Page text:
The Act has sufficient clauses to assist those enmeshed in legal complications with the fourth estate. Its provisions hold out the olive branch to hapless victims of snoopy, uncouth journalists, and those taken into custody for serious offences such as acts of terrorism. It is a step in the right direction for fairer trial and accurate justice.
The courts are empowered to impose corrective, punitive or deterrent measures, although in the context of law relating to civil liberties in the United Kingdom, sometimes the sentences delivered by the honorable judges are found either too lenient with rogue elements or unduly harsh on law abiding plaintiffs.
The media in UK has lobbied hard to dilute the provisions of the Human Rights Act 1998 in its original form, and continue to do so to this day. The reasons are obvious. The HRA is permanent hindrance to their right to free expression. This Act has come as breath of fresh air especially to celebrities and powerful individuals caught in the glare of an uncompromising media. (Privacy And The Press)
The Human Rights Act 1998 came into force in the UK on 2nd October 2000. ...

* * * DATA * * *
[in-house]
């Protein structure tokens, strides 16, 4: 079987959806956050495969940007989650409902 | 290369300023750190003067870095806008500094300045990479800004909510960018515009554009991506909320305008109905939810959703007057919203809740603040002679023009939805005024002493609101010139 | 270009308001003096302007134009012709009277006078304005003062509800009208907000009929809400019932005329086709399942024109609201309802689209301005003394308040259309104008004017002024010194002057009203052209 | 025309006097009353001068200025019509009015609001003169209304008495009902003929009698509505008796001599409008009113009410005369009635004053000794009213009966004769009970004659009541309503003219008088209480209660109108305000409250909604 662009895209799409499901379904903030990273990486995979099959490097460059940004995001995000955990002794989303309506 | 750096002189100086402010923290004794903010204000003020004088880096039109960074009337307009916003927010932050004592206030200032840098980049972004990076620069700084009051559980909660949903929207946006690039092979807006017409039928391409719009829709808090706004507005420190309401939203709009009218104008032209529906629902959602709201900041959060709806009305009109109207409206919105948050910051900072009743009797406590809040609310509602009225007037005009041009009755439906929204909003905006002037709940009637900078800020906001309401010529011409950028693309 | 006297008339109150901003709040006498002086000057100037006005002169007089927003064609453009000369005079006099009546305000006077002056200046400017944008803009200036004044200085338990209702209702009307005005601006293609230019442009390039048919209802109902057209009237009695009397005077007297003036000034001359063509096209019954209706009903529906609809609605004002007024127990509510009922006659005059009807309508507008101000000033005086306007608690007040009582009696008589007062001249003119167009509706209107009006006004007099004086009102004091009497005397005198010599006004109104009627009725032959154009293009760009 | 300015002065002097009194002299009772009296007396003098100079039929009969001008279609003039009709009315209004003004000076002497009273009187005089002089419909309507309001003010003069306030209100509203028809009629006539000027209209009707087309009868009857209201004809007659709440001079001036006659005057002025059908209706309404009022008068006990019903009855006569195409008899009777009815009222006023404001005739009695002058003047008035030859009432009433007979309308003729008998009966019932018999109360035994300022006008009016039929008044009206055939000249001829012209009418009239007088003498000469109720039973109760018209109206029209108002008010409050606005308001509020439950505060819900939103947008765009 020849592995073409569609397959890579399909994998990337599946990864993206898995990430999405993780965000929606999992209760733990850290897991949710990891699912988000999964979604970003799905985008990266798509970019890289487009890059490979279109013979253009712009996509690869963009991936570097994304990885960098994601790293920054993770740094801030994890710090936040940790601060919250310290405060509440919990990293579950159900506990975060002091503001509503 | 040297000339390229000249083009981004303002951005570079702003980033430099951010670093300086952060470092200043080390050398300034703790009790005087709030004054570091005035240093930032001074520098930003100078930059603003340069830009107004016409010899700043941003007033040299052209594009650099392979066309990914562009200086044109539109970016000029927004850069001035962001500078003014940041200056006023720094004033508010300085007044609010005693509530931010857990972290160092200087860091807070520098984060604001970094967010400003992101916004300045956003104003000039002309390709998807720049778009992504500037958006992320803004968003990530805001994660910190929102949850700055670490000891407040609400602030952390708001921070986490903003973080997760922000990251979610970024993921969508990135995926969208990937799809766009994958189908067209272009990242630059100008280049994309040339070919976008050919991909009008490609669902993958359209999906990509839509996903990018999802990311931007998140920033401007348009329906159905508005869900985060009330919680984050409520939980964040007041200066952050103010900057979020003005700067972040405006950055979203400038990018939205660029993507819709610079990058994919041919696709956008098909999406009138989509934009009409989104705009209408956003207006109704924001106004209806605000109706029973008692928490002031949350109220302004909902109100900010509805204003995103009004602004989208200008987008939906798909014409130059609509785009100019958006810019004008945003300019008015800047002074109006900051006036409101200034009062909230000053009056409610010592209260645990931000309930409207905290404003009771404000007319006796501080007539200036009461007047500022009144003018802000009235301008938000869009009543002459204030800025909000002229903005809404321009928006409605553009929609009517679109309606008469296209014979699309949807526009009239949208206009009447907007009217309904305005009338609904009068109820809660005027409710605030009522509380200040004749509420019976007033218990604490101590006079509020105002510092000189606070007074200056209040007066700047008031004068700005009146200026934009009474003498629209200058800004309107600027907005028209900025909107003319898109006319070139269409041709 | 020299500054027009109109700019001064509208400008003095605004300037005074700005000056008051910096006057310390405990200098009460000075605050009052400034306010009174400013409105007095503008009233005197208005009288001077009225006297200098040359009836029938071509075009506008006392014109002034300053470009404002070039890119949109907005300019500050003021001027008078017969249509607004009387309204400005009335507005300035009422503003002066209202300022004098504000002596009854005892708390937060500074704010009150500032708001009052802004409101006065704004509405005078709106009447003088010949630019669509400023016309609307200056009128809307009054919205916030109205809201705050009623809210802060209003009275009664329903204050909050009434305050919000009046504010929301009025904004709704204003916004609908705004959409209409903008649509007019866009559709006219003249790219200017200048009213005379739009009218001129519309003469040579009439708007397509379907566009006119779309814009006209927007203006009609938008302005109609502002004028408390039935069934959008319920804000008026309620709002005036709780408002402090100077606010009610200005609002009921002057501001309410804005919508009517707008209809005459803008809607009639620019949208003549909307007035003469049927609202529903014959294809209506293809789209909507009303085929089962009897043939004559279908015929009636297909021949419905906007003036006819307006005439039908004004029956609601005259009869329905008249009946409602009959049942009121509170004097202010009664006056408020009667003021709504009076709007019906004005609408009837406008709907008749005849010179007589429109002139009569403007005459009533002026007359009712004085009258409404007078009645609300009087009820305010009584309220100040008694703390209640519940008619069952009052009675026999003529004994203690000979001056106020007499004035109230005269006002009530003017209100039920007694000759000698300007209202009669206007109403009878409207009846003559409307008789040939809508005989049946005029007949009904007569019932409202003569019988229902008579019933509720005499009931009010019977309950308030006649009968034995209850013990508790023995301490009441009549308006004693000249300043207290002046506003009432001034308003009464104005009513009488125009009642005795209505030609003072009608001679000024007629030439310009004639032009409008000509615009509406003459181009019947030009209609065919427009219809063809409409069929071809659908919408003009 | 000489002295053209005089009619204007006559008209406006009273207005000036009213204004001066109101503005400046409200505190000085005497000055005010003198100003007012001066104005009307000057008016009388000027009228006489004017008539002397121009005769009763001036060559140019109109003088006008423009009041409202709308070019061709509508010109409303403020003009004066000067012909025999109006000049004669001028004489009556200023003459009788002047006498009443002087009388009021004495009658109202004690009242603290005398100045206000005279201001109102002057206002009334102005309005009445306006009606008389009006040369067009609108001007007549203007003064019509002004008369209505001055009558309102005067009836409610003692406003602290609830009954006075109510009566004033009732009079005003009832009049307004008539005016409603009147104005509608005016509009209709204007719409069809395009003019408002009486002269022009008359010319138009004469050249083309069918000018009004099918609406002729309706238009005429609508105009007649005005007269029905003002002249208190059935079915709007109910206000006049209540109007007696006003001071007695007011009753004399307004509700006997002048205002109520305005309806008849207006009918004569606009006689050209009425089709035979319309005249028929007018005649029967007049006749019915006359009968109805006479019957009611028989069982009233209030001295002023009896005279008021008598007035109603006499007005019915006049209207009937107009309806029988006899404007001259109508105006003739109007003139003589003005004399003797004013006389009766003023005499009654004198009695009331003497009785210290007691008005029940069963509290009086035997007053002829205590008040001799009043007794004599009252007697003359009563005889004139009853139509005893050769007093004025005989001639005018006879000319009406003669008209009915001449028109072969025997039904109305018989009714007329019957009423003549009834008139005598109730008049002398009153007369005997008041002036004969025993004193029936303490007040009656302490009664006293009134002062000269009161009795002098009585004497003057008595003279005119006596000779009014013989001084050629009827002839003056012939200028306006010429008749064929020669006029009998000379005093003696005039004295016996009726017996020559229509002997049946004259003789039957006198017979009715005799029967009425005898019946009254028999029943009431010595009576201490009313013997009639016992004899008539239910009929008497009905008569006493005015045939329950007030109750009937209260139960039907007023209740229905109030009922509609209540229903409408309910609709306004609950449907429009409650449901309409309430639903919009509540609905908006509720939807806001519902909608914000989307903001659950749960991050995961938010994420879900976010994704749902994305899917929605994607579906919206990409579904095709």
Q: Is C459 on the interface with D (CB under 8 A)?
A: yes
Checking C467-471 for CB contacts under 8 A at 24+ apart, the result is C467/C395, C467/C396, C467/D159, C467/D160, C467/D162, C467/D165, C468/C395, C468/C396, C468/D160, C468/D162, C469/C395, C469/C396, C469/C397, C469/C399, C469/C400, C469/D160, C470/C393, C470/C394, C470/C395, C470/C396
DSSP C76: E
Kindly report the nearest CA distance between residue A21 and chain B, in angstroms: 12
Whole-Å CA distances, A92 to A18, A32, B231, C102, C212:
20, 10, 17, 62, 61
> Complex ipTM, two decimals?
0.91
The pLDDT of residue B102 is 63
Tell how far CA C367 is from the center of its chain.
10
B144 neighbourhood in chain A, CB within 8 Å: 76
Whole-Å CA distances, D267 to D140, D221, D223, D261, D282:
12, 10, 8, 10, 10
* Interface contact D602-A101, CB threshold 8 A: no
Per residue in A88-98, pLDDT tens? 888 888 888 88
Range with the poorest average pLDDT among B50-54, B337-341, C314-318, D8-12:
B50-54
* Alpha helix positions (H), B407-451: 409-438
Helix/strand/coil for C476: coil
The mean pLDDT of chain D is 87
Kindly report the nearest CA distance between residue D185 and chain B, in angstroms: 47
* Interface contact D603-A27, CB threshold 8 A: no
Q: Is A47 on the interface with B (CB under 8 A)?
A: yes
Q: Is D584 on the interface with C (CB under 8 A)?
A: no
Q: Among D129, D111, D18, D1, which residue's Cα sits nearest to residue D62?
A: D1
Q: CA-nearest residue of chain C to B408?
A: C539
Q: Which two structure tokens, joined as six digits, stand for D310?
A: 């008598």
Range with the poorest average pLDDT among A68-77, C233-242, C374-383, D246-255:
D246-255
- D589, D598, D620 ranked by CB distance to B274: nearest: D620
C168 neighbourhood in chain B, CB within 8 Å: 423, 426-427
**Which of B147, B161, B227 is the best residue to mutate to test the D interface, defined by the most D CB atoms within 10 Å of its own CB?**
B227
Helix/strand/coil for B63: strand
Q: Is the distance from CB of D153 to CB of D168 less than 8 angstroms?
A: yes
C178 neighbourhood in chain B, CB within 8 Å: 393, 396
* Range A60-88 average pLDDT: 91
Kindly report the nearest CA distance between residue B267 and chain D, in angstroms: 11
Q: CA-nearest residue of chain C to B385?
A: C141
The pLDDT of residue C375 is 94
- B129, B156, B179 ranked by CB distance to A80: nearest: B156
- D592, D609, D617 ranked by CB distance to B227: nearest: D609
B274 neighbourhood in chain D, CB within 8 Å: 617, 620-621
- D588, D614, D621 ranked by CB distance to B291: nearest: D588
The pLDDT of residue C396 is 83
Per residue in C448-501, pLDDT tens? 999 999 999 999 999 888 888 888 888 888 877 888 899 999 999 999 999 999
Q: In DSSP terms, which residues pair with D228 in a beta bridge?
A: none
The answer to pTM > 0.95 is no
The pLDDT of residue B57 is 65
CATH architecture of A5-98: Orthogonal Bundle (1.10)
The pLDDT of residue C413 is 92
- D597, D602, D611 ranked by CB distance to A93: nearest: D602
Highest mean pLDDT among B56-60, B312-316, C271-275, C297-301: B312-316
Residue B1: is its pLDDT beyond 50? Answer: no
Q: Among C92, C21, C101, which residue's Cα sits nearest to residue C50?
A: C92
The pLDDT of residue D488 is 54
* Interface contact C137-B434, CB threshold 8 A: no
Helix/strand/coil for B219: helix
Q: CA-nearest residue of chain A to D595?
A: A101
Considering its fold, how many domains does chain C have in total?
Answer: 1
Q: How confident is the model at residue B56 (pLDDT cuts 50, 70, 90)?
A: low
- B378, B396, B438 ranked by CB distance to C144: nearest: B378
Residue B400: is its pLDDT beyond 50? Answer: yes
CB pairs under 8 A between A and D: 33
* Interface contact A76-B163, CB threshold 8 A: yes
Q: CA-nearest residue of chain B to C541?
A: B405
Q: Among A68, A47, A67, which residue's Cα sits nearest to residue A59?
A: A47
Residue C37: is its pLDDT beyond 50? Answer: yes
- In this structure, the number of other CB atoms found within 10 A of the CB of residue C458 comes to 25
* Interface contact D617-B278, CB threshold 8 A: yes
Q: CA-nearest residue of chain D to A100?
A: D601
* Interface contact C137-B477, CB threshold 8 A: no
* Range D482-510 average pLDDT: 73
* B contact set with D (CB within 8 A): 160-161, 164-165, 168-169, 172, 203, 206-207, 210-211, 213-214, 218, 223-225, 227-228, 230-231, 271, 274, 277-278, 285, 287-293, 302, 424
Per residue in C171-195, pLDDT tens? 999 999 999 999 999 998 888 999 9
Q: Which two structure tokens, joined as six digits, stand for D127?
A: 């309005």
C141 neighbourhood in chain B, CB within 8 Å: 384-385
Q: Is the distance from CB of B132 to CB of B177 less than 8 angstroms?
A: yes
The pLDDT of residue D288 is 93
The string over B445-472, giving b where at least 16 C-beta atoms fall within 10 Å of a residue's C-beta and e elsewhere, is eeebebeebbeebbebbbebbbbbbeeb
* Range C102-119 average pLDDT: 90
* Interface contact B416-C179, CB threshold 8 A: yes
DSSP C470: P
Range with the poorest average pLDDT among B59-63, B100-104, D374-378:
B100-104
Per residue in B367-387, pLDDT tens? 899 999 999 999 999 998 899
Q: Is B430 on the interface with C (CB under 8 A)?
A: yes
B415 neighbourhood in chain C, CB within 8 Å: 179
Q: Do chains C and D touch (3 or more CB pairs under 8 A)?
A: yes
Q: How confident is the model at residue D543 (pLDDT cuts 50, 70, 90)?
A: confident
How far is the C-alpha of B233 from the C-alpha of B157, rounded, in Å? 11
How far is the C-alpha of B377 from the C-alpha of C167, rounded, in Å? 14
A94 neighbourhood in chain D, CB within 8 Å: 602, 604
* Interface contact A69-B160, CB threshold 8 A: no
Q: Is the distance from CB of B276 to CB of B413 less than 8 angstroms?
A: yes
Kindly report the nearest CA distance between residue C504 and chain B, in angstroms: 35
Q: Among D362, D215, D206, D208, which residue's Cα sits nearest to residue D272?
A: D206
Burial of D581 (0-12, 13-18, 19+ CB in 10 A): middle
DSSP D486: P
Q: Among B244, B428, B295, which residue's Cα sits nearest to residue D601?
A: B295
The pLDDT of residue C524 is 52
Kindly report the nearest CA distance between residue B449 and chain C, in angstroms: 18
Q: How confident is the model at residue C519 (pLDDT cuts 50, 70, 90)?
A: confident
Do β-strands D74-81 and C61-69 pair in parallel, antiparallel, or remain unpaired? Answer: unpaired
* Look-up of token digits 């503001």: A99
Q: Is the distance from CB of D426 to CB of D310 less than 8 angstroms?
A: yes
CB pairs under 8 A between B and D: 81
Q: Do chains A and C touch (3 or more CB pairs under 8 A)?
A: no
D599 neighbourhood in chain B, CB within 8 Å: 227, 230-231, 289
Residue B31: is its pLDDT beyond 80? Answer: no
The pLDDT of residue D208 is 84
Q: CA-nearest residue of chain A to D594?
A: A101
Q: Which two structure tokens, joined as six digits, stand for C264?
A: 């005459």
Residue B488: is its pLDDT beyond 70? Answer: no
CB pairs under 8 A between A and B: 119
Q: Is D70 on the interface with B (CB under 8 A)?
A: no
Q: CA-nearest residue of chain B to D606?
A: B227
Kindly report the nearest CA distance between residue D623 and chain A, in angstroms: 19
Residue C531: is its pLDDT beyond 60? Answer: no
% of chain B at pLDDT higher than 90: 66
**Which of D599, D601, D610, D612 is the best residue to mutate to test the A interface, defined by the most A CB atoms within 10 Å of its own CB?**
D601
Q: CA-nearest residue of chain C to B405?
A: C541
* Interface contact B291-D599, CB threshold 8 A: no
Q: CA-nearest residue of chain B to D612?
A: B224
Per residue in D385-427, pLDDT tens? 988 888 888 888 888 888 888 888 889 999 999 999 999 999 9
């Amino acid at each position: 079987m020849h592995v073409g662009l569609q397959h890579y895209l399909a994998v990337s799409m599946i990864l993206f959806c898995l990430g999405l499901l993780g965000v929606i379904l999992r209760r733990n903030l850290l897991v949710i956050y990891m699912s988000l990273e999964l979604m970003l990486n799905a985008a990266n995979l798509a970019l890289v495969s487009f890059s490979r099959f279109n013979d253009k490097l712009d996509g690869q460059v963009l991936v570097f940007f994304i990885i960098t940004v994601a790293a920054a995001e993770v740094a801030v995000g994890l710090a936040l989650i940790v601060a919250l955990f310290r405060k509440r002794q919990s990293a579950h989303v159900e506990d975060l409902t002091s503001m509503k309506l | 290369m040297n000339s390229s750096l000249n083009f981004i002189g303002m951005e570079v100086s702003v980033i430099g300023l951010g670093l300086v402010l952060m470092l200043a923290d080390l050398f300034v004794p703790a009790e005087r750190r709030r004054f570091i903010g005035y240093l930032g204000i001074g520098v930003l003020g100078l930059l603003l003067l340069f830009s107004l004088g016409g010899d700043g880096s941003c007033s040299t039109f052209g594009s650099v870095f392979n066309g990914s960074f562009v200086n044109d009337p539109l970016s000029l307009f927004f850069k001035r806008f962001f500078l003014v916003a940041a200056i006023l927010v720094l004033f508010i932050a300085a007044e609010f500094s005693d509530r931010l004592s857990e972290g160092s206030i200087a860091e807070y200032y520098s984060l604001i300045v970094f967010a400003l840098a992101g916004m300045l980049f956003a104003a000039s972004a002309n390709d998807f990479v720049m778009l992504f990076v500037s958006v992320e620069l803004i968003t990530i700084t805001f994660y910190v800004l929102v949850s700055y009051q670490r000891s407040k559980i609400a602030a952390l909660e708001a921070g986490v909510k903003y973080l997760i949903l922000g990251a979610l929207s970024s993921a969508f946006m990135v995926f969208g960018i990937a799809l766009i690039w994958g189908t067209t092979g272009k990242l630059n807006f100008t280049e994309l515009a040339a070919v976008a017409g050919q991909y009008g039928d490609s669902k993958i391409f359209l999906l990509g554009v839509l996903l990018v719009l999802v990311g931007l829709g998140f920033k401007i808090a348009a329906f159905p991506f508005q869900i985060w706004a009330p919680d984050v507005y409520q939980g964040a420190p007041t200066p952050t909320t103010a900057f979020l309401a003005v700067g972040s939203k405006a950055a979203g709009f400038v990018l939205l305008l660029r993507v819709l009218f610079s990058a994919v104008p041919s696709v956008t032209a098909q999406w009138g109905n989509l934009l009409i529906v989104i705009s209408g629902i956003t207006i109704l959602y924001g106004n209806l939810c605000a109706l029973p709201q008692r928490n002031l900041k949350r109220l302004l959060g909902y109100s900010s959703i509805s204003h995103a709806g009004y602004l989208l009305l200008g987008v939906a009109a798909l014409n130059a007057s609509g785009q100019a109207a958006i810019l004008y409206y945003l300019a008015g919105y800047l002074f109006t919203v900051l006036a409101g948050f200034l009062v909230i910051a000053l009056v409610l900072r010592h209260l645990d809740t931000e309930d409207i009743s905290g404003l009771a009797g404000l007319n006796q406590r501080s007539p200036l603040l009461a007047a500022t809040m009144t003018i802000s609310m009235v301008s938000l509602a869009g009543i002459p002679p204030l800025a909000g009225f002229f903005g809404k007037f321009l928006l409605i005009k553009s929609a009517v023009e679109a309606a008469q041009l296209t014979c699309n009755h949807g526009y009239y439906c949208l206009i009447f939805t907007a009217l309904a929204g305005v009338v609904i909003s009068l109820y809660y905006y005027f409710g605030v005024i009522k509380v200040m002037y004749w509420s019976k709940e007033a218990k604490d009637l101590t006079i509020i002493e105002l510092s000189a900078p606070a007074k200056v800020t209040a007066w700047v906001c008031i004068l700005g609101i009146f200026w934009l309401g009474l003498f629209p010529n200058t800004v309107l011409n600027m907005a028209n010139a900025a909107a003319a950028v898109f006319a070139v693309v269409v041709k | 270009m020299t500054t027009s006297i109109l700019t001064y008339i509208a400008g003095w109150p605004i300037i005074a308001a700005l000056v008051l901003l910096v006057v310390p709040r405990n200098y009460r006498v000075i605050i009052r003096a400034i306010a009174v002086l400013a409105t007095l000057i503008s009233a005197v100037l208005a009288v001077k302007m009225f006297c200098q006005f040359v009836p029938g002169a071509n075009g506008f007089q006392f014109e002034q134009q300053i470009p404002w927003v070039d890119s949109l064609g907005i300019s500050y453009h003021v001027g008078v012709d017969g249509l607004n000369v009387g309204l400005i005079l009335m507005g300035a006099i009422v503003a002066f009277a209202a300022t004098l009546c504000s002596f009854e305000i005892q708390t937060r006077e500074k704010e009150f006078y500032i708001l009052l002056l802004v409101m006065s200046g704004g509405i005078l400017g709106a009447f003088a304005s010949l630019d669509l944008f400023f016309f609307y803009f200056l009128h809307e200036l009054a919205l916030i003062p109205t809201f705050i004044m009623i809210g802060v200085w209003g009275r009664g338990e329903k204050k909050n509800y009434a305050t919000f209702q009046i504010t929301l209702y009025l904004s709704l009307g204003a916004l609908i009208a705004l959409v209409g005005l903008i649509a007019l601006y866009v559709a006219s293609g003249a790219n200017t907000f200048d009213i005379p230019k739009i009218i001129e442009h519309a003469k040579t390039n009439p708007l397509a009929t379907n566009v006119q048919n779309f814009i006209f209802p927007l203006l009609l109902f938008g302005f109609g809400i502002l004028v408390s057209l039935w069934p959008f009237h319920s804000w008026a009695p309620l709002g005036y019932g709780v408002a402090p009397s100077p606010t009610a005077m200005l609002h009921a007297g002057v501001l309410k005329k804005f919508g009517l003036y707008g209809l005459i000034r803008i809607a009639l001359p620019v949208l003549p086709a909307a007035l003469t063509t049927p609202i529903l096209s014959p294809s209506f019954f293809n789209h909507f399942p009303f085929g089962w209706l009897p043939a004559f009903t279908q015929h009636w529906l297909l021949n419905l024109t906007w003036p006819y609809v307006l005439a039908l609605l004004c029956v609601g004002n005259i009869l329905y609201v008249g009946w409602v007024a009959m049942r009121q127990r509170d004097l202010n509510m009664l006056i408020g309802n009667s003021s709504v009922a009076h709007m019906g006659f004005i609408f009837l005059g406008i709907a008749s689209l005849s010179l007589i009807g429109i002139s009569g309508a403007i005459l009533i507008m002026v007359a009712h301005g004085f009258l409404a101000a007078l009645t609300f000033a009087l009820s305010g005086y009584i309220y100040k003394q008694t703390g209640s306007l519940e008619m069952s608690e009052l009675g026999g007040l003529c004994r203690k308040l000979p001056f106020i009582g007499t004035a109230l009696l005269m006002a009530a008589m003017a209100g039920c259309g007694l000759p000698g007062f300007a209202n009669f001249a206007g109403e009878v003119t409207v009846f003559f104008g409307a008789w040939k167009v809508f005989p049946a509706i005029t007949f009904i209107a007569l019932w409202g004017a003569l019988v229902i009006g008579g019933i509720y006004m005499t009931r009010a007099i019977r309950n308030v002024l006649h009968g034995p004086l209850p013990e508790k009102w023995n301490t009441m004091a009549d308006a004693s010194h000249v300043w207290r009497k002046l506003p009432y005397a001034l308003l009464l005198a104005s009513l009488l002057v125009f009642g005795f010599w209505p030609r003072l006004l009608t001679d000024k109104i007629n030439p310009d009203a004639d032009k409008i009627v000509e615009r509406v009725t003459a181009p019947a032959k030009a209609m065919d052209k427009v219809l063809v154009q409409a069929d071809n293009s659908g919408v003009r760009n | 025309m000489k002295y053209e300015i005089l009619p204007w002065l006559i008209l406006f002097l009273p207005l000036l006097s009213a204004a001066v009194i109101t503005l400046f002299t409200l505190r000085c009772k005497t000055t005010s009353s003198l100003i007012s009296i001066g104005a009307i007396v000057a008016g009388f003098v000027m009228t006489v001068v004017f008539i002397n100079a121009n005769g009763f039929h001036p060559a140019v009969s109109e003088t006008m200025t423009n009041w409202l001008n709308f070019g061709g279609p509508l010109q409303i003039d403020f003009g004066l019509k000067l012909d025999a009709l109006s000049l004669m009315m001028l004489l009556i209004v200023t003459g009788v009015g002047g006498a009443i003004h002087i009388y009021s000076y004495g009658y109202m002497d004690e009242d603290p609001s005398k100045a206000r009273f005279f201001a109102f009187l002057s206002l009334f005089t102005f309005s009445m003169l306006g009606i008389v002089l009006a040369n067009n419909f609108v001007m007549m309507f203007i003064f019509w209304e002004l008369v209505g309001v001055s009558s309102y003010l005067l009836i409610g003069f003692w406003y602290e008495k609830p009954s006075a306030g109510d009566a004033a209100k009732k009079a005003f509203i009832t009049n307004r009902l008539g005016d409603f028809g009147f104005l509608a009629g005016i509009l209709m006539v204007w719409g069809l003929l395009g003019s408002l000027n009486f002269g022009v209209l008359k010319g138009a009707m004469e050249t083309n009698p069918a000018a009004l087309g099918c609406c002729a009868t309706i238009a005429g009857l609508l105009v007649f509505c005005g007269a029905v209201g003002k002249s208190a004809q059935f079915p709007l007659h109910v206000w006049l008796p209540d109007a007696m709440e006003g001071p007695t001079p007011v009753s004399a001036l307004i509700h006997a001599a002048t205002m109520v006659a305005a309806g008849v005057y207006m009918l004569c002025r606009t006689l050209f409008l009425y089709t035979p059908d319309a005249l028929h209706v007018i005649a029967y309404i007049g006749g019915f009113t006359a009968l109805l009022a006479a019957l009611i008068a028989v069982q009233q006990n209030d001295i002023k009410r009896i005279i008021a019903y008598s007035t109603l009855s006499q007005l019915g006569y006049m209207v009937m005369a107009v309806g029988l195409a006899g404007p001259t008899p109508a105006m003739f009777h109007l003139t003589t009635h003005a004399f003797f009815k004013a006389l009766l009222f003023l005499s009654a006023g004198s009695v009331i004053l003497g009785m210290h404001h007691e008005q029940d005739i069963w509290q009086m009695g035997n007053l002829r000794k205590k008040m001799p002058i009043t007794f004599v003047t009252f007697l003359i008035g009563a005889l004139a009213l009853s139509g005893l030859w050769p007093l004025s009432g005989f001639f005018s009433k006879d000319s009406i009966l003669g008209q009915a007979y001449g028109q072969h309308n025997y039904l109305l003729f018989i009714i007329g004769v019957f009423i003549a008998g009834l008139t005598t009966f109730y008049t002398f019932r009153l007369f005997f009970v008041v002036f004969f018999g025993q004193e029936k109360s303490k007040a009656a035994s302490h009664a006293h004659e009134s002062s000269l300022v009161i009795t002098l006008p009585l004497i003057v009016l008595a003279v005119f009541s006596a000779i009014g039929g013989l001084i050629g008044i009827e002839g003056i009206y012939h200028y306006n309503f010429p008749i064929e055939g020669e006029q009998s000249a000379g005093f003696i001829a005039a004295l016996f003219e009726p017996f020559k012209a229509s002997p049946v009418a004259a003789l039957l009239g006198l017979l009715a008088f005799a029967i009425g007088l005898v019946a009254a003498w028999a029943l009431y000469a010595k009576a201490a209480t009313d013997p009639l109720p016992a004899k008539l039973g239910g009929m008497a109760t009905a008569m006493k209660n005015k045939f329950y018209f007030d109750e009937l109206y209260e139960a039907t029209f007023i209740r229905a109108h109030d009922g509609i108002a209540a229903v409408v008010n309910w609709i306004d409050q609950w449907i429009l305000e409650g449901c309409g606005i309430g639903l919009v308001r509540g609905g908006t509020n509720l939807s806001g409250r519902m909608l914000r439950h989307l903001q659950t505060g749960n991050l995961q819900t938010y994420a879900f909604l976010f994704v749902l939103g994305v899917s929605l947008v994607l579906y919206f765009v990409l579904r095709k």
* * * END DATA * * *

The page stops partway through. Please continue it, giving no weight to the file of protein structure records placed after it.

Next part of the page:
The Act makes public authorities in the UK more accountable in their dealing with citizens who can access any British court and seek redressal for infringement of rights enshrined in the Act.
Evolving from the Council of Europe, a conglomerate of different European nations formed in 1949 as an aftermath to World War II, and the European Common market formed in 1957, this Act is the creation of the present day European Convention on Human Rights and Fundamental Freedoms to which UK is a signatory from among 41 European nations. (Protecting and promoting your rights)
Reactions to this Act have been mixed in a continent accustomed to extreme emotions of ecstasies, turmoil, triumphs, blas and even stony nonchalance since the renaissance. Nevertheless, it has drawn the attention specifically two groups of the people in UK. One of them are those desperate for help from any quarter having exhausted all legal means for justice, and secondly, they are all those keen to get away from the piercing gaze the indicting Act, especially the media.
The Act applies specifically to public authorities responsible for the general welfare of the populace. Never before in the history of the British administration was the common man more empowered to confidently take on the government for judicial lapses.
It is important to bear in mind the two important factors of judicial interpretations or misinterpretations and recalcitrant occurrences such as terrorism in the present scenario which make issues for the Act more complex and difficult.
Under the threat of terrorism, it is but natural for majority of the people to willingly sacrifice some civil liberties for safety and security. On the other hand, in the name of national